File No. 136/85
The Secretary of State to the Ambassador in Great Britain (Page)
WASHINGTON, October 27, 1917. 5676. Your 7451, 17th. Act of October 5, 1917, provides for repatriation of Americans who, since August 1, 1914, took oath of allegiance to a foreign state engaged in war with a country with which United States is at war, and who have actually enlisted, and have been or may be honorably discharged from such foreign armed forces. Such persons, if abroad, present evidence to consular officer that they come within terms of act, and take oath of allegiance to United States and abjuring allegiance to the foreign state under which they served. Certificates of repatriation to be made in triplicate under regulations now being prepared. Inform Consul General and repeat to Paris, Rome, Petrograd.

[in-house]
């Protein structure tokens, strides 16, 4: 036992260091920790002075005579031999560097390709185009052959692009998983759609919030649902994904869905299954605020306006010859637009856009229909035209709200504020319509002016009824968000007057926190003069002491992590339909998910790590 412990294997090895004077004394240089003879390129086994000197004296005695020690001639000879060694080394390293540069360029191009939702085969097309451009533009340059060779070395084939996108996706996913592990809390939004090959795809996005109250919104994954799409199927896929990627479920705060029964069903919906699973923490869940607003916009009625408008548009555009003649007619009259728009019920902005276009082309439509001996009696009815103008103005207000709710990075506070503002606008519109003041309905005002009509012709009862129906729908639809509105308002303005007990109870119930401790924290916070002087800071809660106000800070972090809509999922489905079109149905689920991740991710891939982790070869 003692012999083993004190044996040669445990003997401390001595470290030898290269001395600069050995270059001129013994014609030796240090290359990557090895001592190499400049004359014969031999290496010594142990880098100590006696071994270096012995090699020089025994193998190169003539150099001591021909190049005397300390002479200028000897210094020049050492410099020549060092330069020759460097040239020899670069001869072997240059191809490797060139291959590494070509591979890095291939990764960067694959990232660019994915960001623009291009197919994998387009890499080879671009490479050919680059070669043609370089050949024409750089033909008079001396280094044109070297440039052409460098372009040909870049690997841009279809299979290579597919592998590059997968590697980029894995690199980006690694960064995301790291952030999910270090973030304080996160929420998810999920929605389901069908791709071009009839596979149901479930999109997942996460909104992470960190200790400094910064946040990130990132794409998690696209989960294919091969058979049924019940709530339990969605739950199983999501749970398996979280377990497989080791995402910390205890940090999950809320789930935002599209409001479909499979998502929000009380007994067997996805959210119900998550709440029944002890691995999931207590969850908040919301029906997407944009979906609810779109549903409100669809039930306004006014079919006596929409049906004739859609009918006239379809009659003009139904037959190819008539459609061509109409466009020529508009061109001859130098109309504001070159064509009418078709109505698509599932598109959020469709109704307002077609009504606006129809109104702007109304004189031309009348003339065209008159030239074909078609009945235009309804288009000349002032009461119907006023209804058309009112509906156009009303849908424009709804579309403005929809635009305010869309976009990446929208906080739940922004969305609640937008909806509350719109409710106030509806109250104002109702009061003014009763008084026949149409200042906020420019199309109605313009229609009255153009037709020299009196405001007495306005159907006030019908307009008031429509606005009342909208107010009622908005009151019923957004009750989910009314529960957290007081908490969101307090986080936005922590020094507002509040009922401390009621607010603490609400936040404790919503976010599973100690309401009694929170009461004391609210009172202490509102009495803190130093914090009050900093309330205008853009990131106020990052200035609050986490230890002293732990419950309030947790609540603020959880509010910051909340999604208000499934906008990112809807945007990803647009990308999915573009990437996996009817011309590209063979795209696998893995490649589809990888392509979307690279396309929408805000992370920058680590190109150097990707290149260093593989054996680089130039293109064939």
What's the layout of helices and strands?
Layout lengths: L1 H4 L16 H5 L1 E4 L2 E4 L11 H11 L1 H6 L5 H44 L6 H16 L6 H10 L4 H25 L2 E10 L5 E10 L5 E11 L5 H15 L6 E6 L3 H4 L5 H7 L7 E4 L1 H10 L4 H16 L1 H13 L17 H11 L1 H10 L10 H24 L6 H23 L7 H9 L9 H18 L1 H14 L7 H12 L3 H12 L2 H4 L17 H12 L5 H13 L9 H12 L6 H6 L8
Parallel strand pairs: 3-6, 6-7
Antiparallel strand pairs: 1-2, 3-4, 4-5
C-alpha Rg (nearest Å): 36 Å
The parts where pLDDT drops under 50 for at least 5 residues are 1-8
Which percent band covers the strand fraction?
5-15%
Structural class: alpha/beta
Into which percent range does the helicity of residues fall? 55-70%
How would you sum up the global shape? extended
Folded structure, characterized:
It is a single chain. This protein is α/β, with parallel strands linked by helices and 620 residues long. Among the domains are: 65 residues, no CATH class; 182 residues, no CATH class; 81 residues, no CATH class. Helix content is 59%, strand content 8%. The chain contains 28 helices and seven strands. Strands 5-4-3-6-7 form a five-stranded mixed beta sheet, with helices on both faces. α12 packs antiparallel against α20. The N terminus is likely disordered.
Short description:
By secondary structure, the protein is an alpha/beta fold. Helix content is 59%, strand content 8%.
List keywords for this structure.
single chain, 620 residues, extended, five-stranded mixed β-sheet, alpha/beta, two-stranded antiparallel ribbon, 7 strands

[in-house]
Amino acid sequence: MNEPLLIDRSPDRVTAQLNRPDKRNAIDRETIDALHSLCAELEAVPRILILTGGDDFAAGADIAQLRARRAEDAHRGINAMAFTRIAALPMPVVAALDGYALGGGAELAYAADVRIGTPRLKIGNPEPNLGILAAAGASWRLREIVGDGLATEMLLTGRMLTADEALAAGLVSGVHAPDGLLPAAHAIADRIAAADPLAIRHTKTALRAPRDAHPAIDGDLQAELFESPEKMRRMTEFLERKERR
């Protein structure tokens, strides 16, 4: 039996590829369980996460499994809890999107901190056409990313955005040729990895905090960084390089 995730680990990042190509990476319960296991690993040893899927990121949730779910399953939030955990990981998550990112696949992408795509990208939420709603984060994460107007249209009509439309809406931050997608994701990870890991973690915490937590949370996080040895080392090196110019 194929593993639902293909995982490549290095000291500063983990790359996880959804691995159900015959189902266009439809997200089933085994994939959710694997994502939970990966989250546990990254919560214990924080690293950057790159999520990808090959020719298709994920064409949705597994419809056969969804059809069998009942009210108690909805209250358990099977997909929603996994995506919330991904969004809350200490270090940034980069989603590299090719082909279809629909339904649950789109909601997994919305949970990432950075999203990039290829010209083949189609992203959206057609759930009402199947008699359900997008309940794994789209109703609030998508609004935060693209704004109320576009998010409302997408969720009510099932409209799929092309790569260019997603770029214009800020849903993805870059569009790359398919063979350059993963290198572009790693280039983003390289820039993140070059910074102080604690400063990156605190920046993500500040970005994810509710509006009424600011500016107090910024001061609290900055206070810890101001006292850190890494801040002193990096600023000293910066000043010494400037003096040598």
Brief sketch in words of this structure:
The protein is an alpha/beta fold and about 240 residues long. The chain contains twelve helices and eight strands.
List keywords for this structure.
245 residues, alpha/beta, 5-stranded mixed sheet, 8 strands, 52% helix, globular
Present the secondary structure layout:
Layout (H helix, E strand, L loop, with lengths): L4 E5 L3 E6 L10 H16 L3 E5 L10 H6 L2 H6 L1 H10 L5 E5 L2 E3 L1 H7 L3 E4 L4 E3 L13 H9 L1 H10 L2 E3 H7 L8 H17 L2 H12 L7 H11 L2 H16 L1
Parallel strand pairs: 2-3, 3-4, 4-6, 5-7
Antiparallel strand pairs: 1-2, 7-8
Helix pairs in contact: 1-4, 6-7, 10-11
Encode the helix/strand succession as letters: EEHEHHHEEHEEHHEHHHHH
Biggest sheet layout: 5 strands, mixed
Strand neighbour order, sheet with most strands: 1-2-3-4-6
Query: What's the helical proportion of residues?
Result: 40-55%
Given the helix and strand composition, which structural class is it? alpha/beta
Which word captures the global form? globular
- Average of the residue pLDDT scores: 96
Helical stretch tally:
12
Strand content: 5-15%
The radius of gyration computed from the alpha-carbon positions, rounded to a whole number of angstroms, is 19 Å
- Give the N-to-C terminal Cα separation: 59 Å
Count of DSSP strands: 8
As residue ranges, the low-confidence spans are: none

* Not printed.
File No. 136/96a
The Secretary of State to the Diplomatic and Consular Officers
WASHINGTON, December 28, 1917. GENTLEMEN : The Department has received from diplomatic and consular officers several despatches referring to the proviso contained in section 2 of the act of March 2, 1907 (34 Stat. L. 1228), “ That no American citizen shall be allowed to expatriate himself when this country is at war,” and enquiring as to the proper application of this proviso in cases of native or naturalized Americans who take oaths of allegiance to foreign sovereigns or acquire naturalization in foreign countries, when this country is at war, and to naturalized citizens who, at such time, have completed a period of residence of two years in their native lands or of five years in other foreign lands.